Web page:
Arron: But that’s the way it is: If you ignore the issue of safety, you welcome technological neglect. If something happens then, you don’t deserve it any better! No money for security? No time for security? You should think about it: Do I prefer to invest my money in IT security now or do I spend it afterwards for all the damage, penalties or image loss to save my business?
Take a look at what happened to Garmin. The company is said to have paid a ten million dollar ransom to the attackers to get the systems up and running again. They had previously infiltrated a ransomware and thus not only paralyzed the entire operation, but also rendered their customers’ Smartwatches unusable.
Caroline: Or think of Equifax, something like a US American credit bureau. In September 2017, around 150 million pieces of customer data were stolen from them. Personal data, names, social security numbers, addresses, credit card data.
Arron: They only noticed that after six months. They spoke of a “professional attack”. No, they only had two people sitting in their IT security department and handling outdated software. In the end, this cost them at least almost $600 million in fines to the FTC alone!
How do you help to create a better IT security culture in companies?
Caroline: Our job is to help people secure their businesses.
Arron: I don’t do that myself. I see myself more as a kind of trainer, guiding people in the company to better respond to attacks. You can’t just buy your way out of this knowledge, you have to experience it yourself. If you want to know how to protect your house against burglars, don’t just buy a thousand security systems. It is best to ask someone who breaks into houses first. Only then will you know what to do.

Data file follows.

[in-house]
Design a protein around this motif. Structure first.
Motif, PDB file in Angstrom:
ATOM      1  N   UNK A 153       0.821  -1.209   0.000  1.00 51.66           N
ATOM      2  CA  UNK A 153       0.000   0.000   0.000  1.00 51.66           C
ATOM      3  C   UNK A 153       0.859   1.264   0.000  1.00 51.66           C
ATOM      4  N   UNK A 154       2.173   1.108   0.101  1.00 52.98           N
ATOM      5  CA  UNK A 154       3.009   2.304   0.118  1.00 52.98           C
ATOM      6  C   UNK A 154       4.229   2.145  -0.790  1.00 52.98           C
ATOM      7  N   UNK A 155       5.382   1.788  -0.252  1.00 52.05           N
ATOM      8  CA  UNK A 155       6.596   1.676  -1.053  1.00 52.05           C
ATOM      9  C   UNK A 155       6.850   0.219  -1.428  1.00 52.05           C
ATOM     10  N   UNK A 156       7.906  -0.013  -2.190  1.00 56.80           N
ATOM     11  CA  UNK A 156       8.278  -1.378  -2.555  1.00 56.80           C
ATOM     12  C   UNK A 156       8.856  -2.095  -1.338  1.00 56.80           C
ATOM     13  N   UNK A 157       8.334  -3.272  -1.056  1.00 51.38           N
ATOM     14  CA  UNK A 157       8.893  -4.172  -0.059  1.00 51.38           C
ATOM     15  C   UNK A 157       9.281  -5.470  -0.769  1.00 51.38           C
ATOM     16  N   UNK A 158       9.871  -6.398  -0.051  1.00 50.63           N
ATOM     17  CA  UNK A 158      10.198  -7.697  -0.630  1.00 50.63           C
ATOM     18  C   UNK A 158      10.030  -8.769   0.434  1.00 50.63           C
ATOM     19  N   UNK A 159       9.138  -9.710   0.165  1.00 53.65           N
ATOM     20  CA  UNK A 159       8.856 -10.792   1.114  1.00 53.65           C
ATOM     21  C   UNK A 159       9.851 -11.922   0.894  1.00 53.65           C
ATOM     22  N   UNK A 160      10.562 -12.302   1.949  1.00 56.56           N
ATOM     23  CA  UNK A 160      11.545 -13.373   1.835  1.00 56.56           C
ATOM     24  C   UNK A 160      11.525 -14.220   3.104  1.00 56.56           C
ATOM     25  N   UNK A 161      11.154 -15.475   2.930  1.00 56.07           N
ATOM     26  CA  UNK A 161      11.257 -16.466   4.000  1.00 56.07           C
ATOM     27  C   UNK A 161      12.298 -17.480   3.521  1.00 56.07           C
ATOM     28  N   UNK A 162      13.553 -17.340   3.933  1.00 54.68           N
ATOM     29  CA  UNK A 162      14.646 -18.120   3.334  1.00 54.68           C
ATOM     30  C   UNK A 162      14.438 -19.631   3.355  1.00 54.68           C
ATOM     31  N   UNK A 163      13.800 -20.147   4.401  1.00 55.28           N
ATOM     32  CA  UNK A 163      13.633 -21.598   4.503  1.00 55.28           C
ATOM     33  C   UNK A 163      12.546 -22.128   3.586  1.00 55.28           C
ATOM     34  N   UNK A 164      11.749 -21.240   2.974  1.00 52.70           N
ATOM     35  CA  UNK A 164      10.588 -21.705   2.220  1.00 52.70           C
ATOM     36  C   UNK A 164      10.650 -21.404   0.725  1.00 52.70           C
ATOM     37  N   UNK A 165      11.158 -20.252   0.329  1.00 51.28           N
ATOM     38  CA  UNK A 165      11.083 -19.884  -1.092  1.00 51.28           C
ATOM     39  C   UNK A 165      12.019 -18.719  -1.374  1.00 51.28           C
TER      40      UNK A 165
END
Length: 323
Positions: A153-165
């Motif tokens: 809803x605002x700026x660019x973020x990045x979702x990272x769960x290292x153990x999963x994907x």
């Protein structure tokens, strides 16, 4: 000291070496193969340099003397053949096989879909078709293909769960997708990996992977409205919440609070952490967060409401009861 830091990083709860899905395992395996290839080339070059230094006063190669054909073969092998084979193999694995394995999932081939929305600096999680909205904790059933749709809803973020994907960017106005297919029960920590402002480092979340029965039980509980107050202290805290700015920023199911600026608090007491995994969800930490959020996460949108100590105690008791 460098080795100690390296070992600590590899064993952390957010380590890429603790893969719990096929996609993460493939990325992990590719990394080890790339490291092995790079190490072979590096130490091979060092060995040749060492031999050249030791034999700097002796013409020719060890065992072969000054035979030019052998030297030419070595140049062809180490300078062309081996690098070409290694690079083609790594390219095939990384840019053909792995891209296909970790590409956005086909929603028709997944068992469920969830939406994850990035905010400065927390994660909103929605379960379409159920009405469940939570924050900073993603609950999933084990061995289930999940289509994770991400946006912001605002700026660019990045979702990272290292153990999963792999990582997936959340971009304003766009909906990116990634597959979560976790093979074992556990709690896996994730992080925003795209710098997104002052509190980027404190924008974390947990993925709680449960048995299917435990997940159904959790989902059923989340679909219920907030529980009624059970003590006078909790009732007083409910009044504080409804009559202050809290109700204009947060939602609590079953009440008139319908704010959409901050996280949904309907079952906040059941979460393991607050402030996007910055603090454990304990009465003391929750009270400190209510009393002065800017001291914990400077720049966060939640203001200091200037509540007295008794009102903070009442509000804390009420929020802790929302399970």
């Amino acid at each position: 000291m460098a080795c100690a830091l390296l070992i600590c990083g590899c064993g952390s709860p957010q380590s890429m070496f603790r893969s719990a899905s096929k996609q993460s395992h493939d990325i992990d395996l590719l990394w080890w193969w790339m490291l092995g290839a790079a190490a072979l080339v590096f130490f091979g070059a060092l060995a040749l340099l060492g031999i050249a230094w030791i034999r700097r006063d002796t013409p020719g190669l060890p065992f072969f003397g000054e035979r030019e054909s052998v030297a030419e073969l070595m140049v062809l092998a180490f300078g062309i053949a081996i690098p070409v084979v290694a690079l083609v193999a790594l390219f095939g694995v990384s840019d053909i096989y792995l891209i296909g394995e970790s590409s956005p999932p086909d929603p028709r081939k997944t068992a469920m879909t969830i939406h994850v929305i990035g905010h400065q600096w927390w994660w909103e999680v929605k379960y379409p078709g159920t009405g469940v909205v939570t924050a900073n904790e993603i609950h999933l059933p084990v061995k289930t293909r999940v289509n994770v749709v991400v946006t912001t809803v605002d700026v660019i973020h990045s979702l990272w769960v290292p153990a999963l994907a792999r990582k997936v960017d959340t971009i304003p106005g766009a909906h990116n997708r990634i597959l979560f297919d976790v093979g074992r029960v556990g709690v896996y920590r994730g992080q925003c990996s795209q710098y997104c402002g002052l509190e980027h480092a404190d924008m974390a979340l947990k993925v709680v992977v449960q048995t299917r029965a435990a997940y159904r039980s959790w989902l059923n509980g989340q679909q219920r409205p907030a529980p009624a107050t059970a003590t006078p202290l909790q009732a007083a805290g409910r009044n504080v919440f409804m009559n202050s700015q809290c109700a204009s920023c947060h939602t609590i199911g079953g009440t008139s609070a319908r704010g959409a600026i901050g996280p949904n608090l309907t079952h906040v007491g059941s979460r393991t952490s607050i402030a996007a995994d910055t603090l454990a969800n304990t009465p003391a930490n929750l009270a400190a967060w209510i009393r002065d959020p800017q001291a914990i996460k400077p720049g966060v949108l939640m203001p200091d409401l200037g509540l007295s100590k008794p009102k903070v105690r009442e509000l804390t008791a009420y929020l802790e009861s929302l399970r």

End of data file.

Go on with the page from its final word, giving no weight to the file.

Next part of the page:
Of course, a lot is also about soft skills. It’s just not enough to send your employees a training e-mail once a year in which they have to tick a few boxes on the subject of phishing. We put the companies through their paces. This way we simulate attacks under controlled conditions and uncover the weak points. These do not necessarily have to be insecure IT systems. Often it is also the employees who simply react “humanely” and make the attack possible in the first place.
Hacking is a scalable business. The investment is minimal – the return on investment can be colossal.
What shortcomings do you most often encounter during the analysis